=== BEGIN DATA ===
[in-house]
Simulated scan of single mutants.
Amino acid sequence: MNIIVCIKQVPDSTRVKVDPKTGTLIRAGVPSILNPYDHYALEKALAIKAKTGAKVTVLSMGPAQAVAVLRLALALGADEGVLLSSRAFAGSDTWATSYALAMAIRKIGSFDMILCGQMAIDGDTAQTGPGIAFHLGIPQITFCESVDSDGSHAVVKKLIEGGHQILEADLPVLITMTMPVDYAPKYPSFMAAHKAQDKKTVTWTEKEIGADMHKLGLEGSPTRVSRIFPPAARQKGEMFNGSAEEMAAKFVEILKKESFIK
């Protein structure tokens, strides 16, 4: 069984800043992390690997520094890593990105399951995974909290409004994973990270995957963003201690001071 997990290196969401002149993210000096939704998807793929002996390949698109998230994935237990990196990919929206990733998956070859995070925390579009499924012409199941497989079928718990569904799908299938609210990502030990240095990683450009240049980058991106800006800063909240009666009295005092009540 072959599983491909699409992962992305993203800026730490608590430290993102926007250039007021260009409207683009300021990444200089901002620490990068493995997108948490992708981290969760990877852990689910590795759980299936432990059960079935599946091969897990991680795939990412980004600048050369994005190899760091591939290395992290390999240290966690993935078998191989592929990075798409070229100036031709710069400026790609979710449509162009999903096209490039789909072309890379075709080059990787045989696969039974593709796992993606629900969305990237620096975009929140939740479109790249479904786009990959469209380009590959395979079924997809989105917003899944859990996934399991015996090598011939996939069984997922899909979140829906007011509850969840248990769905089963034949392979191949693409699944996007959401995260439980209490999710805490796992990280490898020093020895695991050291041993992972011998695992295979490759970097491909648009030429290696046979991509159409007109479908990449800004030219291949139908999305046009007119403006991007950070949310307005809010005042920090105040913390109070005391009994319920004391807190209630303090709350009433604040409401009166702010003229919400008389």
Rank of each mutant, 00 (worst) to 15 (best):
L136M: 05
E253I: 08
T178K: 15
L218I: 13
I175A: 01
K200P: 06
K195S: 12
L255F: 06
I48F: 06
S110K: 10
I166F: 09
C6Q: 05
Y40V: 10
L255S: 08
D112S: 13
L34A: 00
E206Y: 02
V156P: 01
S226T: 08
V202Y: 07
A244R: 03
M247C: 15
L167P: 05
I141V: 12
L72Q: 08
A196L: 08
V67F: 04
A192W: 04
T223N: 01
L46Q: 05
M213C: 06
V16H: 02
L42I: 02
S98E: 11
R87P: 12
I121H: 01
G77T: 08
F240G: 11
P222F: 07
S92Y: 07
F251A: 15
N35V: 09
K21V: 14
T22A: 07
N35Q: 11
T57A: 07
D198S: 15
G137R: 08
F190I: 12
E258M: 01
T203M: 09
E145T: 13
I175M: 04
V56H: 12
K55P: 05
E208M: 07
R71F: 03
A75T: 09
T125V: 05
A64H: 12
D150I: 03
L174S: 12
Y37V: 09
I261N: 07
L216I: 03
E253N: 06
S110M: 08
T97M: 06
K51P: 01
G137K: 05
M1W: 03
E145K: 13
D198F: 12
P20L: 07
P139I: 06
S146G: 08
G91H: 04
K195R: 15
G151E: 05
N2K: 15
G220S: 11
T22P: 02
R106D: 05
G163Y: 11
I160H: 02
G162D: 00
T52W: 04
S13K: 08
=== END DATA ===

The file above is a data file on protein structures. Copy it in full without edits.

[in-house]
Simulated scan of single mutants.
Amino acid sequence: MNIIVCIKQVPDSTRVKVDPKTGTLIRAGVPSILNPYDHYALEKALAIKAKTGAKVTVLSMGPAQAVAVLRLALALGADEGVLLSSRAFAGSDTWATSYALAMAIRKIGSFDMILCGQMAIDGDTAQTGPGIAFHLGIPQITFCESVDSDGSHAVVKKLIEGGHQILEADLPVLITMTMPVDYAPKYPSFMAAHKAQDKKTVTWTEKEIGADMHKLGLEGSPTRVSRIFPPAARQKGEMFNGSAEEMAAKFVEILKKESFIK
């Protein structure tokens, strides 16, 4: 069984800043992390690997520094890593990105399951995974909290409004994973990270995957963003201690001071 997990290196969401002149993210000096939704998807793929002996390949698109998230994935237990990196990919929206990733998956070859995070925390579009499924012409199941497989079928718990569904799908299938609210990502030990240095990683450009240049980058991106800006800063909240009666009295005092009540 072959599983491909699409992962992305993203800026730490608590430290993102926007250039007021260009409207683009300021990444200089901002620490990068493995997108948490992708981290969760990877852990689910590795759980299936432990059960079935599946091969897990991680795939990412980004600048050369994005190899760091591939290395992290390999240290966690993935078998191989592929990075798409070229100036031709710069400026790609979710449509162009999903096209490039789909072309890379075709080059990787045989696969039974593709796992993606629900969305990237620096975009929140939740479109790249479904786009990959469209380009590959395979079924997809989105917003899944859990996934399991015996090598011939996939069984997922899909979140829906007011509850969840248990769905089963034949392979191949693409699944996007959401995260439980209490999710805490796992990280490898020093020895695991050291041993992972011998695992295979490759970097491909648009030429290696046979991509159409007109479908990449800004030219291949139908999305046009007119403006991007950070949310307005809010005042920090105040913390109070005391009994319920004391807190209630303090709350009433604040409401009166702010003229919400008389």
Rank of each mutant, 00 (worst) to 15 (best):
L136M: 05
E253I: 08
T178K: 15
L218I: 13
I175A: 01
K200P: 06
K195S: 12
L255F: 06
I48F: 06
S110K: 10
I166F: 09
C6Q: 05
Y40V: 10
L255S: 08
D112S: 13
L34A: 00
E206Y: 02
V156P: 01
S226T: 08
V202Y: 07
A244R: 03
M247C: 15
L167P: 05
I141V: 12
L72Q: 08
A196L: 08
V67F: 04
A192W: 04
T223N: 01
L46Q: 05
M213C: 06
V16H: 02
L42I: 02
S98E: 11
R87P: 12
I121H: 01
G77T: 08
F240G: 11
P222F: 07
S92Y: 07
F251A: 15
N35V: 09
K21V: 14
T22A: 07
N35Q: 11
T57A: 07
D198S: 15
G137R: 08
F190I: 12
E258M: 01
T203M: 09
E145T: 13
I175M: 04
V56H: 12
K55P: 05
E208M: 07
R71F: 03
A75T: 09
T125V: 05
A64H: 12
D150I: 03
L174S: 12
Y37V: 09
I261N: 07
L216I: 03
E253N: 06
S110M: 08
T97M: 06
K51P: 01
G137K: 05
M1W: 03
E145K: 13
D198F: 12
P20L: 07
P139I: 06
S146G: 08
G91H: 04
K195R: 15
G151E: 05
N2K: 15
G220S: 11
T22P: 02
R106D: 05
G163Y: 11
I160H: 02
G162D: 00
T52W: 04
S13K: 08